The ART of Garbage Collection

The ART documentation in the Android SDK has been updated (hat tip to Juan David Sánchez for pointing it out).

And it hints at something that I had been really hoping for, once I saw the I|O presentation description for the talk on ART mention “garbage collection”. Quoting the documentation:

…a compacting garbage collector is under development in the Android Open-Source Project (AOSP) to improve memory management. Because of this, you should avoid using techniques that are incompatible with compacting GC (such as saving pointers to object instance data). This is particularly important for apps that make use of the Java Native Interface (JNI).

This is big. Really big. Because our heap is really small.

However, the reason why we get so darned many OutOfMemoryErrors isn’t because we are out of memory. Instead, there is no single block of memory that is big enough for our request.

In Java, on the JVM, if there is no single block of memory big enough, that means that we are actually out of memory (with respect to this request, anyway). That is why the exception is OutOfMemoryError and not CouldYouAskForSomethingSmallerPlzKThxByeError.

However, the JVM has one thing that the Dalvik VM does not: a compacting garbage collector.

When we write programs in a language running on a runtime supporting garbage collection, we create a bunch of objects, and we later release some subset of those objects. The other ones we hold onto for a while, because we are still using them. In Android, for example, our Application, our ContentProviders, our Threads, our own static data members, and so on are going to live for quite some time, in many cases for the duration of the process. Anything they can reach also will not get garbage-collected. So, we allocate a bunch of memory and release some of that memory as our app runs.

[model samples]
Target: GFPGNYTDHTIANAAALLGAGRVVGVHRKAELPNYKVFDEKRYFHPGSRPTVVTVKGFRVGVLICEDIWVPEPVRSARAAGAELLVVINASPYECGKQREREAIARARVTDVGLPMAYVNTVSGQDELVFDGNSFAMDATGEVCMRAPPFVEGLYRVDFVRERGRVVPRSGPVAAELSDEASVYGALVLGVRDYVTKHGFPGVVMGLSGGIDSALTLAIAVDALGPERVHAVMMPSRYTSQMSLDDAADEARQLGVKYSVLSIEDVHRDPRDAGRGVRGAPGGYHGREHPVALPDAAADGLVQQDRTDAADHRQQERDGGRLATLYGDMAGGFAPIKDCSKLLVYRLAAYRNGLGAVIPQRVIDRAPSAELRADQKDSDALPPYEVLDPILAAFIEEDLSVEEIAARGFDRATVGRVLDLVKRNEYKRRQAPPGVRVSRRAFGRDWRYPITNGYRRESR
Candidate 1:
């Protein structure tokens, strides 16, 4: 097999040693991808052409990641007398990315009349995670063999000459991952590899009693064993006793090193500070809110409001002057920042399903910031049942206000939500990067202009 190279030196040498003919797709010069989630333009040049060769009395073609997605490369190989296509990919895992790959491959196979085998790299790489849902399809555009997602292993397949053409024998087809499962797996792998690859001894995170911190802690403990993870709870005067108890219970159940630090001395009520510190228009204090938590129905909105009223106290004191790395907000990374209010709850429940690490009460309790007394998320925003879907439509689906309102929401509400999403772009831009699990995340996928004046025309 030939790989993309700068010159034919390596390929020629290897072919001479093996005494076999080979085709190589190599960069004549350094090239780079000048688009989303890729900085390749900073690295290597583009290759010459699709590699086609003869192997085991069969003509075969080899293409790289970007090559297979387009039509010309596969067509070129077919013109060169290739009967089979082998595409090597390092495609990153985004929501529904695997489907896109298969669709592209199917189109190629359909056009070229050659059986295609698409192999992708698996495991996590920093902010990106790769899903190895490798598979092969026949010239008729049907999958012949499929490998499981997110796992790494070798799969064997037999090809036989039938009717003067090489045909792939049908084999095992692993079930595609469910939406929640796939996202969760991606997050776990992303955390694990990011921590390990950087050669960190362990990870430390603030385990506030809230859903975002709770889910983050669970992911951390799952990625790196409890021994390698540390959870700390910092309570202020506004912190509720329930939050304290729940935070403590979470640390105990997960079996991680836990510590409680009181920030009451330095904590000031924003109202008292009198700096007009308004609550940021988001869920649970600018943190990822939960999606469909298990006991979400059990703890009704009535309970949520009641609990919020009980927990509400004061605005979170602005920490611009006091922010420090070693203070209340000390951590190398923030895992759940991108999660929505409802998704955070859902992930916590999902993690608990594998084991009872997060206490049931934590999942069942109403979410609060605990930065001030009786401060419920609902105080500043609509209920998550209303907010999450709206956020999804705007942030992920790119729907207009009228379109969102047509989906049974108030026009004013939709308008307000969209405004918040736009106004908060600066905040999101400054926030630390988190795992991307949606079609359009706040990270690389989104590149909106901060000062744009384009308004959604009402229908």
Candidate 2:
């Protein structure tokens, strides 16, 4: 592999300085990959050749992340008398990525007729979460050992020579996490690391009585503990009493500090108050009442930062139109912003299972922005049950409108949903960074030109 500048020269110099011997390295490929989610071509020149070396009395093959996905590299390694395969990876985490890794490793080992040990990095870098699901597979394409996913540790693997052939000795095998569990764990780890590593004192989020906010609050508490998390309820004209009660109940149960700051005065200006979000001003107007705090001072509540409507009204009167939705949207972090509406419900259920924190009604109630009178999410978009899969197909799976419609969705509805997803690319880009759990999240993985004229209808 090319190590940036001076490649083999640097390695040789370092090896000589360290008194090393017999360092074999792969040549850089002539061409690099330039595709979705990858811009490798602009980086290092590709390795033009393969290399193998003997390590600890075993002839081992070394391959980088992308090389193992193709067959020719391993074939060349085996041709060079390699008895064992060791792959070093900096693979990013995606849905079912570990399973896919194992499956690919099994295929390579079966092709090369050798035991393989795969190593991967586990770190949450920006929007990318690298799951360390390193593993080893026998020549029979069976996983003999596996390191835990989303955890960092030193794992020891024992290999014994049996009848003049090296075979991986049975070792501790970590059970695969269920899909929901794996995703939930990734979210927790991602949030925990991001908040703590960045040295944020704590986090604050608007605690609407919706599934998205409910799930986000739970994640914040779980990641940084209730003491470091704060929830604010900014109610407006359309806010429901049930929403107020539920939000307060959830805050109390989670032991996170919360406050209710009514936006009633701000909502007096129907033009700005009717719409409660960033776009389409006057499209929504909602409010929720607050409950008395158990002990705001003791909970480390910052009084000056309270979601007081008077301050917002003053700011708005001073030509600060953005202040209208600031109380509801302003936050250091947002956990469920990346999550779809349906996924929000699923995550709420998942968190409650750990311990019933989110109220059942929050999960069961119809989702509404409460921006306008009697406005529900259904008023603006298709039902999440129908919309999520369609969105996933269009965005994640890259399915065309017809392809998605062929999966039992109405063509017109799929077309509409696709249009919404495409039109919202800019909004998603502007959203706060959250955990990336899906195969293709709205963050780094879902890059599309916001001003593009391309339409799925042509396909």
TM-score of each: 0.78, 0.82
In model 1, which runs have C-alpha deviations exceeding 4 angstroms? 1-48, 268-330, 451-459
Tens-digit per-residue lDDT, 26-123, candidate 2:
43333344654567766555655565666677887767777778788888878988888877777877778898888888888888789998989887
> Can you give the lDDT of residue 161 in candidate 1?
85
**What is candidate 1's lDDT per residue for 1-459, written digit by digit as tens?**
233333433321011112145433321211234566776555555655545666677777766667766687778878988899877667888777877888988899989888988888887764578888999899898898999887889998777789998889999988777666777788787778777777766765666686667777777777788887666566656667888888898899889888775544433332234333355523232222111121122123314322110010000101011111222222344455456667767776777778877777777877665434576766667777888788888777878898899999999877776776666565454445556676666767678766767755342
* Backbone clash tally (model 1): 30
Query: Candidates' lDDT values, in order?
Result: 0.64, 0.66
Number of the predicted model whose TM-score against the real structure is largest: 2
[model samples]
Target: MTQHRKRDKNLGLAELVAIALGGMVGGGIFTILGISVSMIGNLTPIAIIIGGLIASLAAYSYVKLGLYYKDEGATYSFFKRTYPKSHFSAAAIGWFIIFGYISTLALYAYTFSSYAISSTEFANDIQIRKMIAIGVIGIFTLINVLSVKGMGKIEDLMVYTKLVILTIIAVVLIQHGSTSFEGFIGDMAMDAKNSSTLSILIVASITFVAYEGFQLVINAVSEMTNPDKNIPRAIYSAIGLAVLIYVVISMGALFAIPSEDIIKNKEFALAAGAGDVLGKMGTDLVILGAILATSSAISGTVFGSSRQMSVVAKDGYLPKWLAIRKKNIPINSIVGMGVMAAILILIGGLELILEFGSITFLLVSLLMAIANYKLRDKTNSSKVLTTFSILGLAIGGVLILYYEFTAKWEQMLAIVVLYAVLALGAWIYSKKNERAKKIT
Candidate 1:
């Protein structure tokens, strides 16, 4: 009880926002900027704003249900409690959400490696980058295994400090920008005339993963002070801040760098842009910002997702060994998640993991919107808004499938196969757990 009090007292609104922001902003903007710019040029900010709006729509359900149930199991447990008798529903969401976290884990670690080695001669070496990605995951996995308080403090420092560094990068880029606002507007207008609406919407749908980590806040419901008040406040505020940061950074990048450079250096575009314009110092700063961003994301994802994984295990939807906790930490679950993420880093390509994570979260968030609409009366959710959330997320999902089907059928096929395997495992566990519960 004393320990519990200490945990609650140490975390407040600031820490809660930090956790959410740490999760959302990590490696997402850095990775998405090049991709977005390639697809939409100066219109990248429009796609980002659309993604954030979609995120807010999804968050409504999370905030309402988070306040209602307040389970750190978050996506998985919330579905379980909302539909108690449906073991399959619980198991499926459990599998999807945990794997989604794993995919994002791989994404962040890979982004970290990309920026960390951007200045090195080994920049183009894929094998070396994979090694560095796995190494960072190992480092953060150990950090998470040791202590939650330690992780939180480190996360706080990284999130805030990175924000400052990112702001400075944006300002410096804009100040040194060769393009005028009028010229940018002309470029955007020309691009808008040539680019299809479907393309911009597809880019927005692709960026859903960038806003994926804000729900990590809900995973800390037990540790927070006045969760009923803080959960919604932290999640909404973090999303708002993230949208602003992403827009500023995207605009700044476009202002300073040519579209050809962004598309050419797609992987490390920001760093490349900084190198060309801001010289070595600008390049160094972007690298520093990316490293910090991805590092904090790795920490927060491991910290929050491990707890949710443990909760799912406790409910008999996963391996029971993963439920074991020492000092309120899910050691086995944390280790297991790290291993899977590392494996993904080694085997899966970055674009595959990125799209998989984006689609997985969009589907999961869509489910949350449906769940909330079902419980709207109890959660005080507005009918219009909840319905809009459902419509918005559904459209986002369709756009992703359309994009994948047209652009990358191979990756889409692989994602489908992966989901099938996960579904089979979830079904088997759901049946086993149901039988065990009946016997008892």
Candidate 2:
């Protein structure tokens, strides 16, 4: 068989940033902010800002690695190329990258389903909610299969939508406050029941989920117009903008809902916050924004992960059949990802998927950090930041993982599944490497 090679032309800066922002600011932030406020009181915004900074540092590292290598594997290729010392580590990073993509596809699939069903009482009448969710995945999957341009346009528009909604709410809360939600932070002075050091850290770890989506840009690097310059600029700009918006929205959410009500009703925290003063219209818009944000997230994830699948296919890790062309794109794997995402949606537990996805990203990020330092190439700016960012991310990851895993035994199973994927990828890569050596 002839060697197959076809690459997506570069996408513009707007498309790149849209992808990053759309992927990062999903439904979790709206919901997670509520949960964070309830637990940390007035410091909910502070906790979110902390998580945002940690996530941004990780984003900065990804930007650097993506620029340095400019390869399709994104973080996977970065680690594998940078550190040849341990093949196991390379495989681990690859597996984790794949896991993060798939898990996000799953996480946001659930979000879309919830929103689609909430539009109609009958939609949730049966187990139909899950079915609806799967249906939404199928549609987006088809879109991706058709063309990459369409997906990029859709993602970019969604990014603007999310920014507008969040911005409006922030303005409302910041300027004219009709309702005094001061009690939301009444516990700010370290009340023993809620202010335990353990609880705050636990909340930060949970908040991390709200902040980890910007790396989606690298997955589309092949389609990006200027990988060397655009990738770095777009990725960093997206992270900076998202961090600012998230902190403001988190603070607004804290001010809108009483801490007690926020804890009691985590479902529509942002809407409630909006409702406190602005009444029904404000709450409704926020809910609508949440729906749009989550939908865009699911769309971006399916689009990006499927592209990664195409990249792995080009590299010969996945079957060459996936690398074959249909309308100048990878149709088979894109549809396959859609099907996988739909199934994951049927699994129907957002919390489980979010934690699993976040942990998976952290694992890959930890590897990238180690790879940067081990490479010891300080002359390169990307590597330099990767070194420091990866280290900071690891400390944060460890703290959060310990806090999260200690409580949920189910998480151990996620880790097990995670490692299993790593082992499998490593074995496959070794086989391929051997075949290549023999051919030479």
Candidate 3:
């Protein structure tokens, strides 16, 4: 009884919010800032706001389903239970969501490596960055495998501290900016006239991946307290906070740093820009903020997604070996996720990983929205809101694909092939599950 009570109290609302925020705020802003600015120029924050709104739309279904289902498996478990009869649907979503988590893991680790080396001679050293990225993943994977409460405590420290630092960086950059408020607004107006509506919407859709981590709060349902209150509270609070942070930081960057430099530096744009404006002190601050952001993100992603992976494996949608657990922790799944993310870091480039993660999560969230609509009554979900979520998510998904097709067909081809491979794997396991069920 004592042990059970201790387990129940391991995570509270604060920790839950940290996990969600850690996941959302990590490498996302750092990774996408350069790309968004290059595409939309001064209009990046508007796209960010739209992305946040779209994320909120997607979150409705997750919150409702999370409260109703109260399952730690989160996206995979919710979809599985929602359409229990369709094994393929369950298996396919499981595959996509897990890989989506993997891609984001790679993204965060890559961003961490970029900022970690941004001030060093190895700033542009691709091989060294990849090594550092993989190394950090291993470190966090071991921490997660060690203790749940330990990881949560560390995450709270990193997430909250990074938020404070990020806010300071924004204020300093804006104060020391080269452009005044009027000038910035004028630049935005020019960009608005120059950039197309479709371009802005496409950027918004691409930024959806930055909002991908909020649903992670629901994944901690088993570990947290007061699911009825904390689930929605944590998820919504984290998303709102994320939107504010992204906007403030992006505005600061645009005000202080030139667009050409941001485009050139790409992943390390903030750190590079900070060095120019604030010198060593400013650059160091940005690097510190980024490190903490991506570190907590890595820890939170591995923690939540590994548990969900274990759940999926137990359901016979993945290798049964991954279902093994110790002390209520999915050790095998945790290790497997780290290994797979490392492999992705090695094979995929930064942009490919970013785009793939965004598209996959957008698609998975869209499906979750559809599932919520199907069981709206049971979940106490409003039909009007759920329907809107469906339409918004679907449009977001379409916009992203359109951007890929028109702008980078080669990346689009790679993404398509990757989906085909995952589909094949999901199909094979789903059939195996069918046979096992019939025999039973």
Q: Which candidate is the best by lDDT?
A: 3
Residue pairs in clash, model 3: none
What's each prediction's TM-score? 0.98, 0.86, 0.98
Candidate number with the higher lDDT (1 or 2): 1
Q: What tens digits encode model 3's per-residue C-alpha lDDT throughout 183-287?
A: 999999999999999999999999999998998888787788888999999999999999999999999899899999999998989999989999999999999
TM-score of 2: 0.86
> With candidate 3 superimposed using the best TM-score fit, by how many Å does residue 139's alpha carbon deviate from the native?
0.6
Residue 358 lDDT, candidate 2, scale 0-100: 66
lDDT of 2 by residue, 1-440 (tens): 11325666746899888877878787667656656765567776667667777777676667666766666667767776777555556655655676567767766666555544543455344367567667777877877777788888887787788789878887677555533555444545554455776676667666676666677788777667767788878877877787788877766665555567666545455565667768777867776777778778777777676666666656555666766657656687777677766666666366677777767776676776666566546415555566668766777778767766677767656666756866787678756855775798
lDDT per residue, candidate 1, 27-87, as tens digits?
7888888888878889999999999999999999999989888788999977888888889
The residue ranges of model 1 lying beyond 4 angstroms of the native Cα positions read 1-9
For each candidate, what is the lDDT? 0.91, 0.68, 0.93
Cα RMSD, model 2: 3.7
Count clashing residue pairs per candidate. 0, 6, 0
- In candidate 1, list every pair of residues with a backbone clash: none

With a compacting garbage collector, the long-lived objects get slid around in memory, to allow the freed-up blocks of memory to be coalesced. The net is that all free heap space should be available as one contiguous block, eligible for allocation.

(the details are more complicated than that, but this is a blog post, not a dissertation)

With a non-compacting garbage collector, nothing is slid around in memory. We wind up with heap fragmentation, as what was once a pristine 16MB (or 32MB, or 48MB, or whatever) heap now is a bunch of objects with interspersed free memory. Even though we might have 10MB of free heap space, if the largest single block of that free heap space is only 1MB, we cannot allocate an 8MB Bitmap, because there is no free block big enough.

The Dalvik VM has a non-compacting garbage collector.

The ART VM has a non-compacting garbage collector… today. If the work going on in the AOSP pans out, ART will get a compacting garbage collector in the future. And if they’re advising us to pay attention to this in our native C/C++ code with the NDK, they must feel reasonably good that their hard work on the compacting garbage collector will pan out.

When that happens, and ART is turned on by default for all users of some new version of Android, OutOfMemoryErrors will not completely go away, but they should become less frequent and more accurately represent the error message itself.

I, for one, welcome our new ARTist overlords.


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